Kristaps Porziņģis, in search of a version of himself that doesn’t exist, traded to Wizards

Dallas gets Spencer Dinwiddie and Dāvis Bertāns in the trade-deadline deal

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The Kristaps Porziņģis who ignited the hopes of Knicks fans once upon a time is no more.
The Kristaps Porziņģis who ignited the hopes of Knicks fans once upon a time is no more.
Image: Getty Images

This post could take longer than it has to because Kristaps Porziņģis once averaged 22 points for the Knicks. It won’t, though, because that player is no more. What’s left is a shell of a unicorn in search of a situation that will allow him to at least chuck as much as his former self.

Enter the Washington Wizards, a team that’s always, exactly, unfailingly itself — which is an organization never good enough to win 50 games. Well on their way to extending that 42-year streak to 43 years and without their best player Bradley “Beta” Beal for the rest of the season due to season-ending wrist surgery, it’s time to make irresponsible trades.

Like two Latvian ships passing in the night, the Mavericks and Wizards swapped countrymen Thursday as Washington sent Spencer Dinwiddie and Dāvis Bertāns to Dallas for Porziņģis, according to ESPN.


It’s a nice change of scenery for all parties, who are all slightly to vastly overpaid. Dinwiddie is owed $36 million over the next two years, the Mavs will pay Bertāns $49 million across the next three seasons, and Porziņģis is getting a whopping $70 million the last two years of his contract.

The upside is obvious for Dallas, even if the end result will be the same: Luka Dončić does everything, and the team loses in the first (maybe second?) round. They’re third in the league in scoring defense but 24th in scoring, and it gives the Mavericks a player in Dinwiddie who can get his own offense when the ball is in his hands and Dončić is on the bench (and then complain about not having the ball when Dončić is on the court).

Bertāns can make open 3s, and those are the kinds of players Dončić loves. In addition to him being a better shooter than Porziņģis, he’s also happier doing it. It was no secret that Porziņģis became disinterested on the defensive end (and displeased in general) after being asked to play role player for Dončić and jog from the opposing team’s paint to the Dallas 3-point line for a couple seasons.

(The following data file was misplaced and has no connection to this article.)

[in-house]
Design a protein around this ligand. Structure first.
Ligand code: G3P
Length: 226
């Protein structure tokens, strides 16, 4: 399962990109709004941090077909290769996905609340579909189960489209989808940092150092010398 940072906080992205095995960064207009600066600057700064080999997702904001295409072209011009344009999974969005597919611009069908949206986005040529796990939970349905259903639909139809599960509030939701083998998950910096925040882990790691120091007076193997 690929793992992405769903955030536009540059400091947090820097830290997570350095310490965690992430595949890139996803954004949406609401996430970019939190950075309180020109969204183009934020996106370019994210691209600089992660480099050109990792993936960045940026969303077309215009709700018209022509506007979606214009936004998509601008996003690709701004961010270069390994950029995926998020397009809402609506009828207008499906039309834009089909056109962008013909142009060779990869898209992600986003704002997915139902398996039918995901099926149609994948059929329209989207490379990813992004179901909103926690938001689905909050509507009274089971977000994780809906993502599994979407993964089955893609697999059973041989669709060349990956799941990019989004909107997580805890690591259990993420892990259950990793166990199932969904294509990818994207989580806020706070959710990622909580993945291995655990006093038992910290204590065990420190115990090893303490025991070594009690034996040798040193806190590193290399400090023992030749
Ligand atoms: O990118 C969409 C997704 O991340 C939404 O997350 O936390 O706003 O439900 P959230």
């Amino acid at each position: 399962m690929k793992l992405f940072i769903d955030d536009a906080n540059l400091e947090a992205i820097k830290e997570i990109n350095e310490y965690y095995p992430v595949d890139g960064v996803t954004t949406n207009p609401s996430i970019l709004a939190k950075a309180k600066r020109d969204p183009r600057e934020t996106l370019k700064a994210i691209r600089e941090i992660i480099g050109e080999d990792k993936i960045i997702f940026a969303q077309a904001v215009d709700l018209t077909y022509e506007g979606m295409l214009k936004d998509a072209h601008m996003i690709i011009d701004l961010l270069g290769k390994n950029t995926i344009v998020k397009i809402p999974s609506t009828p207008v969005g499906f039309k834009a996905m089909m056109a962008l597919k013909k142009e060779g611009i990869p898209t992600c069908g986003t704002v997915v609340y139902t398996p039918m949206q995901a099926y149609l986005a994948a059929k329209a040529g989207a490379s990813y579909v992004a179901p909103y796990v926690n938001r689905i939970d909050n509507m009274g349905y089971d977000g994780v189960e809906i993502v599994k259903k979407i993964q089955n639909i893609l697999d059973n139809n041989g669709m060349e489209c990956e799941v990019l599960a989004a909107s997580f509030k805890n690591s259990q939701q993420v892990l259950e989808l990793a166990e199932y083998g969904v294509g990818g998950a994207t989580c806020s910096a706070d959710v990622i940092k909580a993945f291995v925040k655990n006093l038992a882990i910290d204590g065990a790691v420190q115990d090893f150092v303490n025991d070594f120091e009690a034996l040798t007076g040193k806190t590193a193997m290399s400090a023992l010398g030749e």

He had picked up the defense under new coach Jason Kidd, but couldn’t stay healthy, missing more than a third of the games played so far with an array of ailments. He’s actually injured right now. My guess is the Mavs know they can play defense without Porziņģis, so why not see if they can play defense without a fifth man, because Bertāns is basically a training cone.


Whenever Washington does get its Latvian back, there’s no one on the roster with the name recognition, or the unsatiated ego, to keep the ’Zinger from getting the touches he so desperately desires. Maybe he resurrects his career — or at least boosts his trade value enough to get assets in return.

The one thing it guarantees is people will have a really tall guy to point at and say, “That’s our best player” when they intermittently wander into Capital One Arena to watch the Wiz play the rest of this season. Whether they say it without sarcasm is up to them. Whether Porziņģis is in street clothes when they point at him is up to the basketball gods.


Also, when Beal gets back next year he’ll be able to return to his natural state of deferment (assuming both he and Porziņģis are still on the team). Even in the wildest dreams of the most optimistic Wizards fan, they’re still not winning 50-plus games, though.

We’ll see how the novelty lasts for each of these fan bases, but there’s something to be said for learning to hate again.